By Charles Sercombe
A Hamtramck shopping landmark is now history.
The Polish Market on Jos. Campau and Belmont abruptly announced it was closing this past weekend on Monday.
A notice, printed in English and Polish, said that “due to circumstances beyond our control we are forced to close …”
The notice told customers to visit their other store at 15 Mile and Dequindre in Troy and listed a phone number to call.
The Review made repeated calls to that number but no one ever answered or returned messages.
Although there had been ongoing rumors that the store would be closing, it still came as a shock to many.
Mayor Karen Majewski said she does not know why the store closed. She said its closing was a loss for the city.
“It’s been a landmark business for a long time, and an anchor business on Jos. Campau,” Majewski said. “It was also a pleasure to shop there — the store was always spotless, well lit, and well organized, matching anything to be found in the suburbs. It set a high standard that I hope other Hamtramck businesses will take as a model.”
Kathy Angerer, the city’s Director of Community & Economic Development, said the store’s closing represents “a huge void in our central business district.”
Angerer said she talked with the owner of the building, who leased the space to the store, and said it appeared there was financial hardship. She said the building owner told her “that the store was losing money every month with the demographic change to the city.”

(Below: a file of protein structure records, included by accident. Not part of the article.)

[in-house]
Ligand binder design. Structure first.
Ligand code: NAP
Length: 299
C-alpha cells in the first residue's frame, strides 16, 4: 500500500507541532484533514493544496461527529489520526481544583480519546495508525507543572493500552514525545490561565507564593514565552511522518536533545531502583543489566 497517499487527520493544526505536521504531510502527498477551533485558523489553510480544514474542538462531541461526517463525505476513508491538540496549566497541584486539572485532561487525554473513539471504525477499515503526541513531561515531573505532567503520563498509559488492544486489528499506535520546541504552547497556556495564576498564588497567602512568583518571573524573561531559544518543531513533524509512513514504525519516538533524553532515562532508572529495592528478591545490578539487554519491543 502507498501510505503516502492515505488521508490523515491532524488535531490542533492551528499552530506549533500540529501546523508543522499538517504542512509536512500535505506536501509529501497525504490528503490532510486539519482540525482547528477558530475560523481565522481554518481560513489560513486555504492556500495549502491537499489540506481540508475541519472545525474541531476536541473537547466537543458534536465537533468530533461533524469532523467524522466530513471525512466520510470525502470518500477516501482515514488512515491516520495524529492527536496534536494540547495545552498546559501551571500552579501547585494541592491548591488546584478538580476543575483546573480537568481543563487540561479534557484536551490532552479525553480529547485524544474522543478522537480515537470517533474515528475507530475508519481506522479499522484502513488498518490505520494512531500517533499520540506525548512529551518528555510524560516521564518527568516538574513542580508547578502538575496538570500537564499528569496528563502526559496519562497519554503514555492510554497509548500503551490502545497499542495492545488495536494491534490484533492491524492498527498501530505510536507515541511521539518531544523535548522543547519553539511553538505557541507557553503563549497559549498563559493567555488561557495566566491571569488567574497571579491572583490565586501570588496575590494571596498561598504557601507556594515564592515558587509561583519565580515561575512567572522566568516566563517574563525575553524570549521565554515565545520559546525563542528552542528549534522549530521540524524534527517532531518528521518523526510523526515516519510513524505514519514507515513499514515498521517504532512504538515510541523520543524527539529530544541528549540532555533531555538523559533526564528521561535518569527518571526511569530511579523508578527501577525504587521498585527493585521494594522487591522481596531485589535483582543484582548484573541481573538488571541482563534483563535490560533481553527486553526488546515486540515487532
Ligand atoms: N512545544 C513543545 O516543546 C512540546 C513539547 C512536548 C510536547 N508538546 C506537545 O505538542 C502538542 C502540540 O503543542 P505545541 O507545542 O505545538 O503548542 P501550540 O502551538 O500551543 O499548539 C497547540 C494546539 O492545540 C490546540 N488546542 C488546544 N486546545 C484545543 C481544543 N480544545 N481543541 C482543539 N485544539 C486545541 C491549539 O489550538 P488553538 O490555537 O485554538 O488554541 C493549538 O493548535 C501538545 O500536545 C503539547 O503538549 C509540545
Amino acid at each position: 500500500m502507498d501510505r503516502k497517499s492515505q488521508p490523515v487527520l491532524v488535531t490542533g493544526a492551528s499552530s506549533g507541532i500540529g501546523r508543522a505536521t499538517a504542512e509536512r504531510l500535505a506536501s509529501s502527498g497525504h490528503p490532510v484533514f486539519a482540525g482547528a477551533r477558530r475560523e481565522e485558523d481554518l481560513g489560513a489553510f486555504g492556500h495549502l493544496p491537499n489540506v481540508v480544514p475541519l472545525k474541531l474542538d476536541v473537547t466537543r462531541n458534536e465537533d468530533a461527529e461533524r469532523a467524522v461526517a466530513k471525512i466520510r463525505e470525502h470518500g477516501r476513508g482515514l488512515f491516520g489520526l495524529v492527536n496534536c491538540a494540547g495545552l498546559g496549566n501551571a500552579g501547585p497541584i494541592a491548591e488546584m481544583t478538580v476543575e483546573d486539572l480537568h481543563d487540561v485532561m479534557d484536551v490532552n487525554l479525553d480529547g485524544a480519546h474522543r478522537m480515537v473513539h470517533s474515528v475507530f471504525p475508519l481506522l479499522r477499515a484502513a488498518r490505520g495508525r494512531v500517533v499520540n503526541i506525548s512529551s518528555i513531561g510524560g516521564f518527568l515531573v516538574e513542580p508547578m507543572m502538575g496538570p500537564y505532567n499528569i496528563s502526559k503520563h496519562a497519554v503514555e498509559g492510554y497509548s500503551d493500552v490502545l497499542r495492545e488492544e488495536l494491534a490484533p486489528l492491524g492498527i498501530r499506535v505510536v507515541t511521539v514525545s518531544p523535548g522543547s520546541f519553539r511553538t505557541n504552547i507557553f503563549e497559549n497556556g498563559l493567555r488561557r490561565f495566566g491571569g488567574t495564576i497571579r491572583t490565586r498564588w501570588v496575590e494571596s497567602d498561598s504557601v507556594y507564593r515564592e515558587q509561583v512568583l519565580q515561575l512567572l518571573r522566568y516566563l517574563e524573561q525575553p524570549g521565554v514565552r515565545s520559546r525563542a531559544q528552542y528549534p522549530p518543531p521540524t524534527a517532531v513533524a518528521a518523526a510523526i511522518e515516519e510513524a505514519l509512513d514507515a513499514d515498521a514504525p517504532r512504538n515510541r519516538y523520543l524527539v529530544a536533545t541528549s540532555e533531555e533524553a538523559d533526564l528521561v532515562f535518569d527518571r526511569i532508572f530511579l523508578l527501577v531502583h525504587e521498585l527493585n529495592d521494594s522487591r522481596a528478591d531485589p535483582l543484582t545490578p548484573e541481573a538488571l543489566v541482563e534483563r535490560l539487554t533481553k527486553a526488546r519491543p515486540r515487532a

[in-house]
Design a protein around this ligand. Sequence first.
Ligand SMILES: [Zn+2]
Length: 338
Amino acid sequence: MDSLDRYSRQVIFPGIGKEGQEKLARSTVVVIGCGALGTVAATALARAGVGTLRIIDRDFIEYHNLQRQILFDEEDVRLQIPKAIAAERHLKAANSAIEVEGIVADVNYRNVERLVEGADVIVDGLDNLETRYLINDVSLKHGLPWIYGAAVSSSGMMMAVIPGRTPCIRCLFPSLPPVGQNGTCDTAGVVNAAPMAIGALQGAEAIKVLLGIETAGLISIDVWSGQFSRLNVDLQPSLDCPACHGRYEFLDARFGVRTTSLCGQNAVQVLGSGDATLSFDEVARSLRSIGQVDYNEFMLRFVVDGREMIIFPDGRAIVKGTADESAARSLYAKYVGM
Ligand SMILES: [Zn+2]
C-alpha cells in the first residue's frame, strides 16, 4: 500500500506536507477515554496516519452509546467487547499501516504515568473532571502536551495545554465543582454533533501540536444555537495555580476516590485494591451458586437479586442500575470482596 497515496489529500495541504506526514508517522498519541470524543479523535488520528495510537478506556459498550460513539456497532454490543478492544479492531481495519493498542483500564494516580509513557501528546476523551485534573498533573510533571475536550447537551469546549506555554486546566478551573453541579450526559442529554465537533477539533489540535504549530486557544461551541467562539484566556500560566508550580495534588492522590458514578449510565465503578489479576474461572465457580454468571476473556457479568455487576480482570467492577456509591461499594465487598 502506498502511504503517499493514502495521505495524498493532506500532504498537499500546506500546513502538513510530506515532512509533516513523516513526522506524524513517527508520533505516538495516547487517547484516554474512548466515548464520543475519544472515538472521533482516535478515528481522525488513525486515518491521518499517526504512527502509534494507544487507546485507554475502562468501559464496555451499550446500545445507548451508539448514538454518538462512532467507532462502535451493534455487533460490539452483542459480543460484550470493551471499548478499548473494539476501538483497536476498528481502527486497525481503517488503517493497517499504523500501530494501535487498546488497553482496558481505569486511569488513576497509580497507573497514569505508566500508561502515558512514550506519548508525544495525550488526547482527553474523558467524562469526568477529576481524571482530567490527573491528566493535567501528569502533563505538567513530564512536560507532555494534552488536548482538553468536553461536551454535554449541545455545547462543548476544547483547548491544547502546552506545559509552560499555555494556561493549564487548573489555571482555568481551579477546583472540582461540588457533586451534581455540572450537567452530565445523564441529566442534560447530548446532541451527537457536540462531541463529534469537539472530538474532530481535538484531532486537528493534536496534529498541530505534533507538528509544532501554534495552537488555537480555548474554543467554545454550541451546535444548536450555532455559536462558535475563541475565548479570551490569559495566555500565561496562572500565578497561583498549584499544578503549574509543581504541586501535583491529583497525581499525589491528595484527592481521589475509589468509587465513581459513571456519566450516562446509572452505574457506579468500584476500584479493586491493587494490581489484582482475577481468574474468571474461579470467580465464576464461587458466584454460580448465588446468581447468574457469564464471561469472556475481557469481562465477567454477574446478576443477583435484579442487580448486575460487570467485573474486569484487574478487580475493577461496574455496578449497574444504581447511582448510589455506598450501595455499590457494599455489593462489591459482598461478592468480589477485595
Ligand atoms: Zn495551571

Hamtramck has indeed experienced a major shift from its decades-long identity as a Polish city. The majority of the city’s population is now made up of immigrants from Bangladesh and Yemen.
Another sizable population is from Bosnia.
Most of those immigrants are of the Muslim faith. There are now over a dozen markets catering to those residents.
On the mayor’s Facebook page, a number of residents complained that the quality of food and service at the market declined in recent years.
Its closing now leaves only three Polish food markets: Srodek’s, Bozek’s and Stan’s.
That list will likely be whittled down further. Stan’s Market on Jos. Campau is for sale.
While the closing is a milestone, it is, as the mayor said, part of Hamtramck’s changing business “landscape.”
There have been a number of new business opening in Hamtramck that transcend ethnicity. There is a high-end chocolate shop, a handmade purse and clothing store and soon-to-be opening bike shop.
Hamtramck is increasingly becoming home to those being out-priced in midtown Detroit and is on the verge of exploding retail-wise.
In Hamtramck there has always been one constant you could count on: change.